This year’s Annual Scientific meeting started off with a warm welcome from Professor Leon Straker, the Scientific Director of the Raine Study, followed by an official opening from University of Western Australia’s Senior Deputy Vice Chancellor, Professor Simon Biggs.
Over 150 guests attended this year’s Raine Study Annual Scientific Meeting, including our keynote speaker, Professor Melissa Wake, a community child health researcher and Scientific Director of the Generation Victoria (GenV) initiative led by the Murdoch Children’s Research Institute.
Professor Melissa Wake presented her findings on the importance of longitudinal studies towards early prediction of later life health conditions and a team of experienced Raine Study researchers presented longitudinal trajectories in the Raine Study. Her description of studies like the Raine Study as being not just “jewels in the crown’, but “crown jewels” struck a chord with the audience.
Other outstanding presentations included Early Career Research, Dr Laura Wijs’ discoveries of the potential risks and implications associated with assisted reproductive technologies (ART) on the long-term health of offspring, as compared to ‘natural’ reproductive methods. Dr Laura Wijs was awarded the prize for top Early Career Researcher Presentation by Dr Amanda Cleaver, Director of the Raine Medical Research Foundation, alongside Jan Stewart, the Chair of The Raine Study Board of Directors. Dr Jason Charng also received an Early Career Researcher Prize for his presentation on the effectiveness of the national sun-safety campaign in reducing cases of pterygium in Australia.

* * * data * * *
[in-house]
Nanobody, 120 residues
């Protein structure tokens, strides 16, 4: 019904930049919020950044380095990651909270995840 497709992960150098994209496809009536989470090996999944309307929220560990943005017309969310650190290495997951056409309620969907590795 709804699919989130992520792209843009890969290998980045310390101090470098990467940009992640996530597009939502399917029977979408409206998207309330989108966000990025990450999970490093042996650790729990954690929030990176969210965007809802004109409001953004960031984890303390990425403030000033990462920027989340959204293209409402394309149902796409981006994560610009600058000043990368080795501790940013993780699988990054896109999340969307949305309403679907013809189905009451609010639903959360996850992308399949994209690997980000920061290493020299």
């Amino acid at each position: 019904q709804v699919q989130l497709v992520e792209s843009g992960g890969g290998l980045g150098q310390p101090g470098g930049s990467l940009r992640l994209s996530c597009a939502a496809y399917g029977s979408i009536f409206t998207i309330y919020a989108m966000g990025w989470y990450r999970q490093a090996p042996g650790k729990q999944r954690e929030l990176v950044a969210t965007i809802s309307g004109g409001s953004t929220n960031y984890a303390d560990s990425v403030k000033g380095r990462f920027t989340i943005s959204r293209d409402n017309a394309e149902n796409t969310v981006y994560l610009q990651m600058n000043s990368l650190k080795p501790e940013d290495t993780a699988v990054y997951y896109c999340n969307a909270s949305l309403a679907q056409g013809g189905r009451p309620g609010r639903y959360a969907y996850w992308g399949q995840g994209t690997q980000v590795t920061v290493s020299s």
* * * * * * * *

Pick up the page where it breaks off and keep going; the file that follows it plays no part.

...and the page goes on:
In total, we had 25 different research presenters who shared their unique key research findings looking into a wide variety of health aspects, including eyesight, psychological behaviour, bone health and adiposity.
We were given the opportunity to hear the unique insights and perspectives from two of our life-long 30-year Gen 2 participants, as they reflected on their experiences participating in the study. It was interesting to get feedback from our participants to see how we can make future adjustments and improvements to our study to make the experience easier and more enjoyable to them.
Dr Leesa Costello shared some interesting insights on how we can improve participant engagement through effective use of social media and why doing this is so important. She found that in general, active participants are more involved in the study because they value the personal benefits of the study and may perceive it as a contribution towards ‘the greater good’ of global health, whilst inactive participants are more interested in the benefit of having occasional free health check-ups.
Team members from The Raine Study; Aggie Bouckley, Dr Juliana Zabatiero, Alex D’Vauz, Diane Wood and Lorelei Campbell; shared portfolio updates on their individual roles in the organisation as well as their key achievements and areas for future endeavours.
The event was closed by a lovely celebration and cutting of The Raine Study’s 30th Year Anniversary cake by Raine Study founder, Professor John Newnham.
We greatly appreciate the effort and contributions made by researchers and key speakers at the 2019 Raine Study Annual Scientific Meeting and hope that those who came enjoyed the event. Here’s to another 30 years at The Raine Study and many more scientific contributions to come.
Visit our Facebook Album to see more photos from the day.